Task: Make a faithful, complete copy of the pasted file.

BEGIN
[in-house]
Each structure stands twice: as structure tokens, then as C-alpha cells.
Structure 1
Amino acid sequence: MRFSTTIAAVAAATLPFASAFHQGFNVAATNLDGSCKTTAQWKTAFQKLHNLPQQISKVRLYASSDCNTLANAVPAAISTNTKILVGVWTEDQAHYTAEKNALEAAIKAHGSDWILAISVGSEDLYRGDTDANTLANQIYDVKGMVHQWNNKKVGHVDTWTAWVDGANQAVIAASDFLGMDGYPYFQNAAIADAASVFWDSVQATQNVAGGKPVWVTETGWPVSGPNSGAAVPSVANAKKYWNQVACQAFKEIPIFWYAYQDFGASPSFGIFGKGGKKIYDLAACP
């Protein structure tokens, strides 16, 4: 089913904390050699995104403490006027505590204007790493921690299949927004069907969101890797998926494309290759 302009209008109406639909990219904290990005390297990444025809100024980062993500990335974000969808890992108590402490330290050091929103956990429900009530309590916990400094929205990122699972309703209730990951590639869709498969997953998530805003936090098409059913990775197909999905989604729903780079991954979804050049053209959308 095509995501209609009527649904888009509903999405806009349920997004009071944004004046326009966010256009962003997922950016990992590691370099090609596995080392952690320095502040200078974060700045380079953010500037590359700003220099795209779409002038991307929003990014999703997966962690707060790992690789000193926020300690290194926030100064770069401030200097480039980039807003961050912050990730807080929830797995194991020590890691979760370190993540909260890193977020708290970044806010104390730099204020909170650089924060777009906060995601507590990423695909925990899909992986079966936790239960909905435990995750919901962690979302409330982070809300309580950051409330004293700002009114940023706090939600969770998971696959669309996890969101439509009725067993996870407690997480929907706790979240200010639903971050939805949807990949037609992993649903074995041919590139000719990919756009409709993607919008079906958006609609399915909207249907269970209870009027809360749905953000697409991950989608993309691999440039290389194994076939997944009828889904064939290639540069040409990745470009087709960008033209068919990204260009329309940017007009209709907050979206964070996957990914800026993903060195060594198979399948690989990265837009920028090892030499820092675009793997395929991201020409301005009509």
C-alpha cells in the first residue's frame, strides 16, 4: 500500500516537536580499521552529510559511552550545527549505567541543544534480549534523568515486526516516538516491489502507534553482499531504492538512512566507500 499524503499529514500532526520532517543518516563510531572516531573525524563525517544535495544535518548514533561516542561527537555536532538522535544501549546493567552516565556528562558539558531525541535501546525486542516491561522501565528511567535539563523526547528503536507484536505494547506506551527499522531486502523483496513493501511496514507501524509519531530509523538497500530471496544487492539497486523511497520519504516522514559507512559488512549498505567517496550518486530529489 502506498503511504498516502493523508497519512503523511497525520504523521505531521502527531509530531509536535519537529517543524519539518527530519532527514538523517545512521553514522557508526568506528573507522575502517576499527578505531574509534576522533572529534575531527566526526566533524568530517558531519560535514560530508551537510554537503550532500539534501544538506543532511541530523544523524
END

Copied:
[in-house]
Each structure stands twice: as structure tokens, then as C-alpha cells.
Structure 1
Amino acid sequence: MRFSTTIAAVAAATLPFASAFHQGFNVAATNLDGSCKTTAQWKTAFQKLHNLPQQISKVRLYASSDCNTLANAVPAAISTNTKILVGVWTEDQAHYTAEKNALEAAIKAHGSDWILAISVGSEDLYRGDTDANTLANQIYDVKGMVHQWNNKKVGHVDTWTAWVDGANQAVIAASDFLGMDGYPYFQNAAIADAASVFWDSVQATQNVAGGKPVWVTETGWPVSGPNSGAAVPSVANAKKYWNQVACQAFKEIPIFWYAYQDFGASPSFGIFGKGGKKIYDLAACP
């Protein structure tokens, strides 16, 4: 089913904390050699995104403490006027505590204007790493921690299949927004069907969101890797998926494309290759 302009209008109406639909990219904290990005390297990444025809100024980062993500990335974000969808890992108590402490330290050091929103956990429900009530309590916990400094929205990122699972309703209730990951590639869709498969997953998530805003936090098409059913990775197909999905989604729903780079991954979804050049053209959308 095509995501209609009527649904888009509903999405806009349920997004009071944004004046326009966010256009962003997922950016990992590691370099090609596995080392952690320095502040200078974060700045380079953010500037590359700003220099795209779409002038991307929003990014999703997966962690707060790992690789000193926020300690290194926030100064770069401030200097480039980039807003961050912050990730807080929830797995194991020590890691979760370190993540909260890193977020708290970044806010104390730099204020909170650089924060777009906060995601507590990423695909925990899909992986079966936790239960909905435990995750919901962690979302409330982070809300309580950051409330004293700002009114940023706090939600969770998971696959669309996890969101439509009725067993996870407690997480929907706790979240200010639903971050939805949807990949037609992993649903074995041919590139000719990919756009409709993607919008079906958006609609399915909207249907269970209870009027809360749905953000697409991950989608993309691999440039290389194994076939997944009828889904064939290639540069040409990745470009087709960008033209068919990204260009329309940017007009209709907050979206964070996957990914800026993903060195060594198979399948690989990265837009920028090892030499820092675009793997395929991201020409301005009509």
C-alpha cells in the first residue's frame, strides 16, 4: 500500500516537536580499521552529510559511552550545527549505567541543544534480549534523568515486526516516538516491489502507534553482499531504492538512512566507500 499524503499529514500532526520532517543518516563510531572516531573525524563525517544535495544535518548514533561516542561527537555536532538522535544501549546493567552516565556528562558539558531525541535501546525486542516491561522501565528511567535539563523526547528503536507484536505494547506506551527499522531486502523483496513493501511496514507501524509519531530509523538497500530471496544487492539497486523511497520519504516522514559507512559488512549498505567517496550518486530529489 502506498503511504498516502493523508497519512503523511497525520504523521505531521502527531509530531509536535519537529517543524519539518527530519532527514538523517545512521553514522557508526568506528573507522575502517576499527578505531574509534576522533572529534575531527566526526566533524568530517558531519560535514560530508551537510554537503550532500539534501544538506543532511541530523544523524